Friday, August 22, 2008

Devil Horse In The Louisiana Wetlands


Ed does almost everything I want to do. He's a great boyfriend that way. I like going to bookstores, he goes. I like going to movies, he goes. I like visiting my family and friends, he goes.

For the last couple of days, he's been wanting me to do something he wants to do. My first reaction is to say no. My second reaction, after I've given it some thought, is also to say no. But since we've been here for over two weeks now, today I agreed to go for a "nature walk" with him at the Northlake Nature Center in Mandeville, Louisiana.


BIG mistake. It was probably the second worst day of my life, this was the first, and reminded me of why I usually don't agree to do the things Ed likes to do.

In his defense, he did try to dissuade me. He told me I wouldn't enjoy it and that he actually didn't really want me to go. He said I was going to bitch and complain and he wasn't going to be able to enjoy his walk with me doing that. I was all, "No, no, no. C'mon, you do all the things I like to do. The least I can do is something you want to do."

WTF was I thinking??
Not very much apparently, because five hundred feet into the first trail, we saw this:
Holy Mother Nature!! This thing was almost three inches long and as thick as an adult man's thumb! Based on what I found online, we believe this to be a Southeast Lubber Grasshopper (also known as the Devil Horse). Here is some information I came across:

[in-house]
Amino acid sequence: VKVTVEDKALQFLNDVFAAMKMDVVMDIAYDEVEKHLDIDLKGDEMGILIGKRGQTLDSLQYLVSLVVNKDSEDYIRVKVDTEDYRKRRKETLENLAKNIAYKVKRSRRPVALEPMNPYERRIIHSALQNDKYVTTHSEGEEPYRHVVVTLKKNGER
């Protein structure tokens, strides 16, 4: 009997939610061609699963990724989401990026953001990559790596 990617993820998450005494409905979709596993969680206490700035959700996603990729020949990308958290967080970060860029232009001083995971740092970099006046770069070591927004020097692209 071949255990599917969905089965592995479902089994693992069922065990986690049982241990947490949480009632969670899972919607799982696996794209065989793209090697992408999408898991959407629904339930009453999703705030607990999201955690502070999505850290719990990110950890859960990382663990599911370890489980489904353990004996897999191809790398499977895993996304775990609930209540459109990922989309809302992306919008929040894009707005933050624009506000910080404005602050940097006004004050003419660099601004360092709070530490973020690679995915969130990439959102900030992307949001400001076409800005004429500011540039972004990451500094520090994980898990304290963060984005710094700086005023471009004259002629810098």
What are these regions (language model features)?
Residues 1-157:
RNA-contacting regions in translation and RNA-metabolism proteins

Scientific name: Romalea microptera
Details: If insects could do steroids, this would be the result, according to some people; a 3-inch, yellow monstrosity with red and black racing stripes. Surprisingly, they can't fly, since their wings are so short.

But they can leap a few feet, which is what you might see them doing this time of year in Florida. They reach maturity between June and November, often on the sides of roads, in pinelands and in semi-dry marshes or disturbed areas where they can survive. But their favorite habitats are beds of lilies or amaryllis, and they'll also invade orange groves or other citrus.

When threatened or disturbed, the lubber can hiss impressively and secrete a putrid-smelling liquid that offends most interested parties, including humans. (Some sources say the stuff can kill some birds, and cause opossums to vomit, which is impressive, considering what opossums are capable of consuming without so much as a belch.) Lubbers also have sharp spines on their bows or hind ends, to the dismay of those who may seize them.


I
t did not hop on me, it didn't hiss, and thank God, it did not secrete anything. And by NO means did I ever consider "seizing" it.
That cricket, a few turtles and another HUGE black, scary cricket were the only critters I saw on the walk. It was actually more like a death march. It was a million degrees, with 400% humidity, the trails were overgrown and the signage for them were non-existent. The signs they did have were washed out or faded from the sun. It was not at all an enjoyable day. But I'm glad I went and I'm glad I did something Ed wanted to do, because just like that day at the amusement park, I can now check it off my list FOREVER.
A pretty shitty process of elimination, but an elimination nonetheless.

3 comments:

Michelle | Bleeding Espresso said...

Excuse me while I run, screaming, from the computer screen. Gaaaaaaaaaah!

Saretta said...

It's pretty! In a gross, buggy kind of way, that is! -)

~**Dawn**~ said...

Ack. I swear the further South you come, the more prehistoric the critters get!